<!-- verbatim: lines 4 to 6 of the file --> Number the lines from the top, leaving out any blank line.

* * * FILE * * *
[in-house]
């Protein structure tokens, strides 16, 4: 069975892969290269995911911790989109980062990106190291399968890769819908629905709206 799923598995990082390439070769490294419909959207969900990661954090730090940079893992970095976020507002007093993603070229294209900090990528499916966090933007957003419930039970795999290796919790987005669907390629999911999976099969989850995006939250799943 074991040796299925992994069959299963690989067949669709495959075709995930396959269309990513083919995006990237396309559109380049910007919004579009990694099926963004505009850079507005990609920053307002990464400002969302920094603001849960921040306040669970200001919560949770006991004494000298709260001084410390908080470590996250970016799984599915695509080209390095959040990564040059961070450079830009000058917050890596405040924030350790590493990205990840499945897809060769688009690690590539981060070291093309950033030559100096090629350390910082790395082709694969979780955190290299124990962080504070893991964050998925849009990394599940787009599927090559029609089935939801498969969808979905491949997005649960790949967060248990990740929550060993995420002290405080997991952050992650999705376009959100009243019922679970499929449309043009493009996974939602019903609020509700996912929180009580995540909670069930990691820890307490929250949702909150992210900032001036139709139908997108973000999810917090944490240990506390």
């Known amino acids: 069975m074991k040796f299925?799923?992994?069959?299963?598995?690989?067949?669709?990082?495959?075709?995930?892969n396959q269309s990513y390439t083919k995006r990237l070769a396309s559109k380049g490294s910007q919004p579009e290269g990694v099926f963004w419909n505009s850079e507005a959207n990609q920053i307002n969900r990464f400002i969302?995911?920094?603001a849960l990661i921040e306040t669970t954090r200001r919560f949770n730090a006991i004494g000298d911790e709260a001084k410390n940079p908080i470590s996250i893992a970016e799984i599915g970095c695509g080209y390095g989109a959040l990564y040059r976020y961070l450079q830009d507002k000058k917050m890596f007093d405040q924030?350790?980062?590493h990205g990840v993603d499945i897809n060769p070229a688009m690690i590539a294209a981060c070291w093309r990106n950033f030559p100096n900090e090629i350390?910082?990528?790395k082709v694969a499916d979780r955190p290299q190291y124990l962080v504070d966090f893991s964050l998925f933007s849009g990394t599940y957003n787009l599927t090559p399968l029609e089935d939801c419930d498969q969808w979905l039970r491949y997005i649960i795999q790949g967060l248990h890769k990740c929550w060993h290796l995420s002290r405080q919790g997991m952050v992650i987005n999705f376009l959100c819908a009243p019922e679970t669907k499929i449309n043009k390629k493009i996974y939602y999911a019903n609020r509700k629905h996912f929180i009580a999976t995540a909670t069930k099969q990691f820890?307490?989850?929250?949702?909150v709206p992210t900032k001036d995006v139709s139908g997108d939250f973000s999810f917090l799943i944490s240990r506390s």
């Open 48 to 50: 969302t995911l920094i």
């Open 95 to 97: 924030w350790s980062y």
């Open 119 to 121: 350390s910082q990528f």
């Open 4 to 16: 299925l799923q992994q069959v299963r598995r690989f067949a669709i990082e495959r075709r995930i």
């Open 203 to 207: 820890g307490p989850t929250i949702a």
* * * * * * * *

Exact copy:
């Open 48 to 50: 969302t995911l920094i």
């Open 95 to 97: 924030w350790s980062y």
């Open 119 to 121: 350390s910082q990528f």